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Interviews and the Assignment of Workers to Jobs

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  • Ronald Wolthoff

    (University of Toronto)

  • Benjamin Lester

    (Federal Reserve Bank of Philadelphia)

Abstract

This paper studies the effect of screening costs on the equilibrium allocation of workers with different productivities to firms with different technologies. In the model, a worker's type is private information, but can be learned by the firm during a costly screening or interviewing process. We characterize the planner's problem in this environment and determine its solution. A firm may receive applications from workers with different productivities, but should in general not interview them all. Once a sufficiently good applicant has been found, the firm should instead make a hiring decision immediately. We show that the planner's solution can be decentralized if workers direct their search to contracts posted by firms. These contracts must include the wage that the firm promises to pay to a worker of a particular type, as well as a hiring policy which indicates which types of workers will be hired immediately, and which types will lead the firm to keep interviewing additional applicants.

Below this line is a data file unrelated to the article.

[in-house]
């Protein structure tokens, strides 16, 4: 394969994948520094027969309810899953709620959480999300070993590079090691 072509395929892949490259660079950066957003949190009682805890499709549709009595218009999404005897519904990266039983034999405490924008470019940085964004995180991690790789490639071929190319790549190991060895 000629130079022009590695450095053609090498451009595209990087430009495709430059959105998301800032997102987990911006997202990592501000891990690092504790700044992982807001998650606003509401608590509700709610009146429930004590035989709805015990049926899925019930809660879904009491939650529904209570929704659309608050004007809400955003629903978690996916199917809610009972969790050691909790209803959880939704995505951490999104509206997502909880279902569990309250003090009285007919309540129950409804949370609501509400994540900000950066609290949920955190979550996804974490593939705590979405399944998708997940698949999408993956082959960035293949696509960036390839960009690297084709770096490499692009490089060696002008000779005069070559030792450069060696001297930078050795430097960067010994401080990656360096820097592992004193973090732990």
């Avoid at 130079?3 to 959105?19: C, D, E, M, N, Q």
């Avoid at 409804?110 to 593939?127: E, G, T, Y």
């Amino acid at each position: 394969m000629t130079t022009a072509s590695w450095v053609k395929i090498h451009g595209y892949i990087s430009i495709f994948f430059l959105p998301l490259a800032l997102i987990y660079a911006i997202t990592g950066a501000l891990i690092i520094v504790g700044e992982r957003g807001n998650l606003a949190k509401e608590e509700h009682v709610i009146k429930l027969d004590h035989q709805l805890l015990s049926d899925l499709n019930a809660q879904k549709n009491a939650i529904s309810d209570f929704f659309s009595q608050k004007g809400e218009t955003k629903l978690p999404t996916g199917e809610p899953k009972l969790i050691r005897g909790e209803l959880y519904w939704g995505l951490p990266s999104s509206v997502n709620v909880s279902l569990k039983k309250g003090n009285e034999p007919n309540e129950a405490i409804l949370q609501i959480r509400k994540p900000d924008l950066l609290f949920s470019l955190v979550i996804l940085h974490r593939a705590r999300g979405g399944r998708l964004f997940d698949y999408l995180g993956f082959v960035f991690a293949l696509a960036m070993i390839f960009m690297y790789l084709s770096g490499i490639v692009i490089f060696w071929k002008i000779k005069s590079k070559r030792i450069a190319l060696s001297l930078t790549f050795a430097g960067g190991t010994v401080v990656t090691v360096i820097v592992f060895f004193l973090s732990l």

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Bibliographic Info

Paper provided by Society for Economic Dynamics in its series 2012 Meeting Papers with number 631.

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Date of creation: 2012
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Handle: RePEc:red:sed012:631

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  1. Becker, Gary S, 1973. "A Theory of Marriage: Part I," Journal of Political Economy, University of Chicago Press, vol. 81(4), pages 813-46, July-Aug..
  2. Shi, Shouyong, 2002. "A Directed Search Model of Inequality with Heterogeneous Skills and Skill-Based Technology," Review of Economic Studies, Wiley Blackwell, vol. 69(2), pages 467-91, April.
  3. Shi, Shouyong, 2001. "Frictional Assignment. I. Efficiency," Journal of Economic Theory, Elsevier, vol. 98(2), pages 232-260, June.
  4. Robert Shimer, 2005. "The Assignment of Workers to Jobs in an Economy with Coordination Frictions," Journal of Political Economy, University of Chicago Press, vol. 113(5), pages 996-1025, October.
  5. Jan Eeckhout & Philipp Kircher, 2008. "Sorting and Decentralized Price Competition," PIER Working Paper Archive 08-020, Penn Institute for Economic Research, Department of Economics, University of Pennsylvania.
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